We normally add -ing to a verb to form its present participle, and -ed to to form its regular simple past. When doing this, we sometimes double the last letter of the verb, as in these examples:
• refer ⇒ referred, referring
• stop ⇒ stopped, stopping
Sometimes, we don’t double the last letter, as with the verb visit:
• visit ⇒ visited, visiting
So when can we double a consonant before -ed or -ing to a verb exactly? Take a look at the table below:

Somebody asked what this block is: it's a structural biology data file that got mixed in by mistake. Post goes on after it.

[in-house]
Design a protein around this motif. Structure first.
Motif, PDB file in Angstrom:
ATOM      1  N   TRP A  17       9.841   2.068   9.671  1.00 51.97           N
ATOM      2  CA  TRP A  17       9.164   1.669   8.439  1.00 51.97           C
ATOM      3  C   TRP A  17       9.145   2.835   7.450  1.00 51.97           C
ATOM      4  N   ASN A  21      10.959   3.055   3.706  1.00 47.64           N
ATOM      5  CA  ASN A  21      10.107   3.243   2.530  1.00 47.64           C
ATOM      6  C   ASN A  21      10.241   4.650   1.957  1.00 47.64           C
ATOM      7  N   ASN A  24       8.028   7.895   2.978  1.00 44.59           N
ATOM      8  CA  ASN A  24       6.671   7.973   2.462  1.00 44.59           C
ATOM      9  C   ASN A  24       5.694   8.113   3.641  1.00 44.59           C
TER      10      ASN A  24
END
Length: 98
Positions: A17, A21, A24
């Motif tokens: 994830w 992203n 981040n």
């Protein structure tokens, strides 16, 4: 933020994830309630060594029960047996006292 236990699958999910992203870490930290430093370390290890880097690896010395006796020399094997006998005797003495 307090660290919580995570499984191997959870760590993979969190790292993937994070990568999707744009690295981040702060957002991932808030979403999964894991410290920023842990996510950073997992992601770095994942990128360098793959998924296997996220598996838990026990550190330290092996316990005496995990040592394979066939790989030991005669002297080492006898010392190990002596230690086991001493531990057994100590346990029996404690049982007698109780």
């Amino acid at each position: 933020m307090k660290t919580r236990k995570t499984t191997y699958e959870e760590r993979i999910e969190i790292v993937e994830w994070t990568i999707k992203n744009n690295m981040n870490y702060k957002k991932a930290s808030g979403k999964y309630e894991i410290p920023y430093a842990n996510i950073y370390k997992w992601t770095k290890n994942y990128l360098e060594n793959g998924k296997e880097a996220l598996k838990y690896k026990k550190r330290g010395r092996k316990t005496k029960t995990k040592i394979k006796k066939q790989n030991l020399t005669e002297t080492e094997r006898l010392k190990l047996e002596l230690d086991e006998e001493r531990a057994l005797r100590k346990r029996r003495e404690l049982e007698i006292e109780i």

|We double the final letter when a one-syllable verb ends inconsonant + vowel + consonant.*
||stop, rob, sit
||stopping, stopped, robbing, robbed, sitting
|We double the final letter when a word has more than one syllable, and when the final syllable is stressed in speech.
||beginning, preferring, preferred
|If the final syllable is notstressed, we do not double the final letter.
||listening, listened, happening, happened
• We do not double the final letter when a word ends in two consonants:
start – starting, started; burn – burn, burned.
• We do not double the final letter when two vowels come directly before it:
remain – remaining, remained.
• We do not double w or y at the end of words:
play – playing, played; snow – snowing, snowed.